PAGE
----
AAUW and Verizon to Bring Coding Course to Girls across the Country
Following the success of an initial pilot, the American Association of University Women (AAUW) and Verizon are expanding programming designed to teach coding and app development to middle school girls through the AAUW National Tech Trek Program. The collaboration was announced today as part of the 2015 White House Science Fair.
Tech Trek is a series of 21 highly successful, weeklong STEM summer camps that will be held on college and university campuses across 10 states in summer 2015. The expanded collaboration between AAUW and Verizon will build on the substantial successes fostered by their 2014 pilot program. Last summer, AAUW and Verizon brought the course, which uses the App Inventor programming tool developed by the Massachusetts Institute of Technology (MIT), to 48 students and trained seven instructors at Tech Trek camps.
The pilot program took place at the University of Alabama, Huntsville; Southwestern Oklahoma State University; and the University of California, Santa Barbara. After participating in the course, 90 percent of campers said they intend to pursue a career in a STEM field, and 80 percent said app development was easier than they anticipated.
“After a very successful pilot last summer, AAUW is excited to team up once again with Verizon to bring this innovative curriculum to every camp. Experiences like Tech Trek demystify STEM careers and show girls that they are fully able — and greatly needed — to create the technologies that shape our world. AAUW is grateful for Verizon’s collaboration in bringing new learning opportunities to our long-standing and successful Tech Trek program,” said AAUW CEO Linda D. Hallman, CAE.
By offering the Mobile App development course at all 21 Tech Trek camps, AAUW and Verizon will not only offer students a hands-on gateway to computer science through coding skills but also teach entrepreneurship, critical thinking, teamwork, and problem-solving. Through collaborations like this, AAUW and Verizon are taking immediate action to change the face of computing.
Today, women make up just 26 percent of the computing workforce, but programs like the AAUW National Tech Trek camps can help raise that number. Other recommendations for closing the gender gap in computing will appear in AAUW’s latest report, Solving the Equation: The Variables for Women’s Success in Engineering and Computing, which examines the factors behind women’s persistent underrepresentation in these fields and will be released Thursday. The report makes evidence-based recommendations for change so that girls who want to invent the next Facebook or build the next Mars rover will feel empowered to do what inspires them.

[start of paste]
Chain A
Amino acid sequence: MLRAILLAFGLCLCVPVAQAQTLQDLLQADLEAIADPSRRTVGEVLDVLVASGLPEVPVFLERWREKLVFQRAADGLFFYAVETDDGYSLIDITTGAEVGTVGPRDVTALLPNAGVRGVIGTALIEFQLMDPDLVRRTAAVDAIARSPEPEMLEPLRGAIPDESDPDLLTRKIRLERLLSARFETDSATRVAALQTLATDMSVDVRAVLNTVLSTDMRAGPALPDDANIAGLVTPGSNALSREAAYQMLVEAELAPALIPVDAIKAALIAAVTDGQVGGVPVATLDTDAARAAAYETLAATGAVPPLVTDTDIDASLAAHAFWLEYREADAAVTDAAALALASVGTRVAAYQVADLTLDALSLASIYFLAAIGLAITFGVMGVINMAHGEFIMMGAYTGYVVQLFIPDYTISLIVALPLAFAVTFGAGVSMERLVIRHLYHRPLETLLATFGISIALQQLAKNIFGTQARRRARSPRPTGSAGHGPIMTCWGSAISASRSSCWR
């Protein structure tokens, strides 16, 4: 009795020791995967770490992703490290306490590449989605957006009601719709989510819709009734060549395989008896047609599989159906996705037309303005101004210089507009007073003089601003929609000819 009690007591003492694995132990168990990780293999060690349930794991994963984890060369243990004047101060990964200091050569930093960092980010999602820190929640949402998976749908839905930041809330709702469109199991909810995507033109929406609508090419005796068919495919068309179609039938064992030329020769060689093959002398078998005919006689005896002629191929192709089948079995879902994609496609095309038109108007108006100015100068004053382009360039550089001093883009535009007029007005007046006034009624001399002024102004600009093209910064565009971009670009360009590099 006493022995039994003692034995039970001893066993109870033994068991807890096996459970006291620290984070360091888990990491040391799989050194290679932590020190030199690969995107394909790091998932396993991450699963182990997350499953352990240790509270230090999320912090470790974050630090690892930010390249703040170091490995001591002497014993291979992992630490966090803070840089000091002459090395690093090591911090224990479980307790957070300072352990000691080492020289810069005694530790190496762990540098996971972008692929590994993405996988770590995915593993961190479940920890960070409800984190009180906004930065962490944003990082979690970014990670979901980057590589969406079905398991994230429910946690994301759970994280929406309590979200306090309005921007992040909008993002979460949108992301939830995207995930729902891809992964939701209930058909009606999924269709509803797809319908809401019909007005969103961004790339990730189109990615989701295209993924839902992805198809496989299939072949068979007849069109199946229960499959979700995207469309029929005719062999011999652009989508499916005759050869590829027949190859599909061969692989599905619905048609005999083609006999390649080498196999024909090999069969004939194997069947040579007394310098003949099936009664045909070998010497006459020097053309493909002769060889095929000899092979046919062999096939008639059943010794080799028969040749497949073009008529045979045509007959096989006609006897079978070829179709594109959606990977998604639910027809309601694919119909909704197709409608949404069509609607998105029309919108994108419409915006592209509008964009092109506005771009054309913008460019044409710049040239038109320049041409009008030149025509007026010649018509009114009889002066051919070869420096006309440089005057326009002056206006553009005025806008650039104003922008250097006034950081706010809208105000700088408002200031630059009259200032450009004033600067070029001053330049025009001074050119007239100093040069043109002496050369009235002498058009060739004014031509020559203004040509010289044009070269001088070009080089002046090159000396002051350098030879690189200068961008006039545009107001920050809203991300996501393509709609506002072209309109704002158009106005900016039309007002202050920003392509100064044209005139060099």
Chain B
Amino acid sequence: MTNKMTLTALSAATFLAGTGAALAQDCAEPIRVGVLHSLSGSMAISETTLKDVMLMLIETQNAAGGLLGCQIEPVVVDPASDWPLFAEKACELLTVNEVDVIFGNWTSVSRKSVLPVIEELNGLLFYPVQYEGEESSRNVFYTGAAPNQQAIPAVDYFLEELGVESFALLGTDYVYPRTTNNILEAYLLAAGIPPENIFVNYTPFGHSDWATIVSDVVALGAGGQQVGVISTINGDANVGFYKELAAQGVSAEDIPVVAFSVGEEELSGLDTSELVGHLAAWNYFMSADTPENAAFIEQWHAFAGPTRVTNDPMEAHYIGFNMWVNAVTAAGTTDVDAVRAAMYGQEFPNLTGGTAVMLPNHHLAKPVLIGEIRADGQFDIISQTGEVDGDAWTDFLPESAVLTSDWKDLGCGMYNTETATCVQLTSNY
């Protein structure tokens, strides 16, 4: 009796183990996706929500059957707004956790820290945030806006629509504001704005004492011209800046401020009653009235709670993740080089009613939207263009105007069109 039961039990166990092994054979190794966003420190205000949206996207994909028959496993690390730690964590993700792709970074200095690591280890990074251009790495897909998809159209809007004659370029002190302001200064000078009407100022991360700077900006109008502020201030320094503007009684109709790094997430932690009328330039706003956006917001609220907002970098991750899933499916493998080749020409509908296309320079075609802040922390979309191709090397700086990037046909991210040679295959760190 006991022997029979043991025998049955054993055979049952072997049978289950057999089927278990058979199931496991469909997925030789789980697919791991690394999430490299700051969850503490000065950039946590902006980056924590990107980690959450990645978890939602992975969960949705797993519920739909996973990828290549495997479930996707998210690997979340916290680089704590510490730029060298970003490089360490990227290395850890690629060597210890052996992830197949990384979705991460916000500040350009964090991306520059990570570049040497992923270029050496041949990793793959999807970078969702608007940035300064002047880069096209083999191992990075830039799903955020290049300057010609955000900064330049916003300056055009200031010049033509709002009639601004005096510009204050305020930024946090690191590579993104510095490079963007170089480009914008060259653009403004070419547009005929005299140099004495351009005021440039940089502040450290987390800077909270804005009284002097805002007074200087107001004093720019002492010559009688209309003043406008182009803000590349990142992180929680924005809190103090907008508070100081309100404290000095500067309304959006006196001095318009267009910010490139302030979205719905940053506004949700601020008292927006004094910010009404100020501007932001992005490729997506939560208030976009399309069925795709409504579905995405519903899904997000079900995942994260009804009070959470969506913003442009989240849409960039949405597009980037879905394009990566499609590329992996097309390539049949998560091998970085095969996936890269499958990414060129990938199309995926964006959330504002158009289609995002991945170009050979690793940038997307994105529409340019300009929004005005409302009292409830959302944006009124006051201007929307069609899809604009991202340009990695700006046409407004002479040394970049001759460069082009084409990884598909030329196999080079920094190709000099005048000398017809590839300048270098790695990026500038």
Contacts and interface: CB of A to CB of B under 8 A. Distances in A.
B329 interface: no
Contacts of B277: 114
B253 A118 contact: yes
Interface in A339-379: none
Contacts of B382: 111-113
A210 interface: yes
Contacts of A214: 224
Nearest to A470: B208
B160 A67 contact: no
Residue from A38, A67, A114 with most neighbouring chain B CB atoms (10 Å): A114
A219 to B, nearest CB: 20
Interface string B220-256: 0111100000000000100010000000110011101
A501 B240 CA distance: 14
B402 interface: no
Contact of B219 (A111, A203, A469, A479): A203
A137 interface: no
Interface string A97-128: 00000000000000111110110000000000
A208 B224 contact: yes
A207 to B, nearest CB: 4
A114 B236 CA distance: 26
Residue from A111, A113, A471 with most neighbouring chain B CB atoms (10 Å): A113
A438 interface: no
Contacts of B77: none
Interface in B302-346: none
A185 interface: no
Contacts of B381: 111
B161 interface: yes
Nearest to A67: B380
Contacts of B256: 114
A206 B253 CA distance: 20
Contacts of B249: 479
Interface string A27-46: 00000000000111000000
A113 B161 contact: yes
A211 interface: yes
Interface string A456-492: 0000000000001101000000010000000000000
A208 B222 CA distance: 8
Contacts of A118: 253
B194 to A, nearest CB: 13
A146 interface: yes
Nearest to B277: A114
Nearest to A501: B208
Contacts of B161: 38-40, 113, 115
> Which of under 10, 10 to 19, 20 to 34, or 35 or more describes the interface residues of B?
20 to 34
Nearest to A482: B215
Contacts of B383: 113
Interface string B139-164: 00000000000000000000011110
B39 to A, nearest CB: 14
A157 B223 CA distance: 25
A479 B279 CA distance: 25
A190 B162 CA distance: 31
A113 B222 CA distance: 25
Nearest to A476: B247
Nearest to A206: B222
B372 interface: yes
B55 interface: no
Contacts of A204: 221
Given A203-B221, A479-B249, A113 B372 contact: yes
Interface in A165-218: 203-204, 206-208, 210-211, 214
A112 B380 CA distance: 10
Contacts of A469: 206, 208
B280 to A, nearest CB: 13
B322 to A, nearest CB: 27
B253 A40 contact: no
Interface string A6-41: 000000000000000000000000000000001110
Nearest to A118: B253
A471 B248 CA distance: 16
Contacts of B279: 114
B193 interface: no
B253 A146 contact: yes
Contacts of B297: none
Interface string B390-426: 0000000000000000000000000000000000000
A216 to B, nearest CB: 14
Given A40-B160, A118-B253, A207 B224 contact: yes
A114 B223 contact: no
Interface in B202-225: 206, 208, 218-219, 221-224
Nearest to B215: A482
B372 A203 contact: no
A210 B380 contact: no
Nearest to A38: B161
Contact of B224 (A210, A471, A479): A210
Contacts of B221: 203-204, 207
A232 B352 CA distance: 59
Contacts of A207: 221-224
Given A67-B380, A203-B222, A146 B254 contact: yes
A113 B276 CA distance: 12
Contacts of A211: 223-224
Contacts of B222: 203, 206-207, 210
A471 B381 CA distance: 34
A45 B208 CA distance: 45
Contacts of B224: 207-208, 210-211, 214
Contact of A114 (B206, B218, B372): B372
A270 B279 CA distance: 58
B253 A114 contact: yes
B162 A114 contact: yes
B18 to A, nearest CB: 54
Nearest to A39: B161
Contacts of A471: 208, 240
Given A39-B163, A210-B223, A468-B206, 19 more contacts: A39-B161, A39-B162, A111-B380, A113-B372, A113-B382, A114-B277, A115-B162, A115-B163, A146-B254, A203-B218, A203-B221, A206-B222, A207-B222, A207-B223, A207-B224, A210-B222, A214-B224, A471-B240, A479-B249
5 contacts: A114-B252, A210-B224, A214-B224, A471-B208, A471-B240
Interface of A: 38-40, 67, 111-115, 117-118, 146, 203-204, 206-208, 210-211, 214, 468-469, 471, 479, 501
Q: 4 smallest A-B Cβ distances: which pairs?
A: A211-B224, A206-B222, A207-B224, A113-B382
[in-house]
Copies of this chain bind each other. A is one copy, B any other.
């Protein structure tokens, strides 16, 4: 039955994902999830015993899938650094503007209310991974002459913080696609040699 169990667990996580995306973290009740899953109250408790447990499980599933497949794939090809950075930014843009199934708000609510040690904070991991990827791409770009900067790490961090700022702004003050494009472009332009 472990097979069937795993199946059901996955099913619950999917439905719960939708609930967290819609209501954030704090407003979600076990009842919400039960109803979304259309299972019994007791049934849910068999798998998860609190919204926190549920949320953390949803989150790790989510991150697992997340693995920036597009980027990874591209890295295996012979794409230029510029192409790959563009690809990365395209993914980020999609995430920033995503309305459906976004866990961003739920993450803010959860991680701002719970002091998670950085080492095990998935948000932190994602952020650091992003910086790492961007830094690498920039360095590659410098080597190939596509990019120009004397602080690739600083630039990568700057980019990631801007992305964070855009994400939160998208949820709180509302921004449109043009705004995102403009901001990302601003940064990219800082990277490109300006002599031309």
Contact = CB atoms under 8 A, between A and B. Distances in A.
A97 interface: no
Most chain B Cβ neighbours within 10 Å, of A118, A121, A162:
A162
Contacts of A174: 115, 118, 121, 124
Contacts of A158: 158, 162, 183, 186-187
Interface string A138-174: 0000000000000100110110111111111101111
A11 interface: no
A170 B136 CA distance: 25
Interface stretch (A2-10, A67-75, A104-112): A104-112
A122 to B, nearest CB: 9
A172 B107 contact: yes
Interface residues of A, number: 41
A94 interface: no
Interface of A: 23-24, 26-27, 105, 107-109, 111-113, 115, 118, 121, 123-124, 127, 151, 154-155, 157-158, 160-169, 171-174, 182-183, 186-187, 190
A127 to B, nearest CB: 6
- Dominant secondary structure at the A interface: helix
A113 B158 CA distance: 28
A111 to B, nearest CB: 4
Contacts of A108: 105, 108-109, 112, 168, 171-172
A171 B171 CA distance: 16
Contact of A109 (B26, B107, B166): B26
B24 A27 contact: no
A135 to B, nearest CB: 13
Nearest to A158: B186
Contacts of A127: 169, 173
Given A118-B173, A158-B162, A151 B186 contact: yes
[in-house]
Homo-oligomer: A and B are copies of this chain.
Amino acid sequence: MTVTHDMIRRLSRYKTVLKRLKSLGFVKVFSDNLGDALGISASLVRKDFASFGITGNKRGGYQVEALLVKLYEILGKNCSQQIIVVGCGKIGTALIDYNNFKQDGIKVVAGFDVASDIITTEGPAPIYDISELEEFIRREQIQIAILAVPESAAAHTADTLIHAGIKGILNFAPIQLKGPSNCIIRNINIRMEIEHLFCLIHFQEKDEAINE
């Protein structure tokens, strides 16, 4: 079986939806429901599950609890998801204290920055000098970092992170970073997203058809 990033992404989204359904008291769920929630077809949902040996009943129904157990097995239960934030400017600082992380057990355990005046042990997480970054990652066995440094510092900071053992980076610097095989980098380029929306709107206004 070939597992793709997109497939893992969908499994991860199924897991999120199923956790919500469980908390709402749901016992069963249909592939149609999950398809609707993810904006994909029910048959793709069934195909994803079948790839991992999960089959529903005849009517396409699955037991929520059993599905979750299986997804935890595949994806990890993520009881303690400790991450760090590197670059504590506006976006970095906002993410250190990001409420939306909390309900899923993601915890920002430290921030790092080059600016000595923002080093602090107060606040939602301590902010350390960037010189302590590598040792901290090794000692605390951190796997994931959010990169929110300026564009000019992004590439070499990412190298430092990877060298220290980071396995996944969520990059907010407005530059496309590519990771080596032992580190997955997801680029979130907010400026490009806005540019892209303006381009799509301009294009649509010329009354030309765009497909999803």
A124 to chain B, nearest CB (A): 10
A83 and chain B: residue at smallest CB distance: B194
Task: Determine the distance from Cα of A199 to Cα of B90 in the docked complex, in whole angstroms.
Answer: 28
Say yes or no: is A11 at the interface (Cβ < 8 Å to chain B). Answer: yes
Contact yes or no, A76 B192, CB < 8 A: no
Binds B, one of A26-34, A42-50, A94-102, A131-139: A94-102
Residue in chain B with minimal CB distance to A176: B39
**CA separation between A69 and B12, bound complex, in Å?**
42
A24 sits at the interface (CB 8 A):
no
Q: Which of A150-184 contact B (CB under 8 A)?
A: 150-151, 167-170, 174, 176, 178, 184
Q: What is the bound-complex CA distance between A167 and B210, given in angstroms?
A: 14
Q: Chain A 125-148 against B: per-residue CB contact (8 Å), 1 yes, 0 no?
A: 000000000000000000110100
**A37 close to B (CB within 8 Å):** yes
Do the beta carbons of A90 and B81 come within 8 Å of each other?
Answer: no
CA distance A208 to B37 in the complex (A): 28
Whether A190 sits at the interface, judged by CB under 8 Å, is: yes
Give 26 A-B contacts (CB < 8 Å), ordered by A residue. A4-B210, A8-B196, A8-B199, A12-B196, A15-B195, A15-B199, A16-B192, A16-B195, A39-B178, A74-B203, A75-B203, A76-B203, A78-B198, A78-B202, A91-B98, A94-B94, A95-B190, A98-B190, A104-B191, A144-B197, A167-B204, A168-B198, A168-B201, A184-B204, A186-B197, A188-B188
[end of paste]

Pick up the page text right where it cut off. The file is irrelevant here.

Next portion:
“There’s a reason so many young people love science. It’s fun, it’s fascinating, and it helps us solve the mysteries of our world,” Obama said at the White House fair. “I want more boys and girls across America to get the chance to study science, technology, engineering, and math — and maybe have the opportunity to go on to careers in those fields, too. So I’m glad so many organizations are stepping up to support STEM education. When we invest in our young people, we invest in our future.”
AAUW of California founded Tech Trek in 1998, and in 2012, the AAUW National Tech Trek Pilot Program was undertaken to give girls across the country access to this rich learning experience. AAUW’s STEM camps and conferences focus on girls in middle school because those years are a crucial time to maintain and build on girls’ interest in STEM.
Verizon is mobilizing resources around one mission: employing technology to address some of the most pressing social problems in education and health care affecting underserved and underrepresented communities. By collaborating to deliver robust programs like the AAUW National Tech Trek Program, Verizon helps put the latest technologies into the hands of the people who need it the most.
We could go on and on about how exciting Tech Trek is. But really, these photos speak for themselves.
Since 1998, Tech Trek has made STEM exciting and accessible to girls in middle school.
AAUW’s upcoming research report, Solving the Equation: The Variables for Women’s Success in Engineering and Computing, will feature the latest data on girls’ achievement in subjects related to engineering and computing.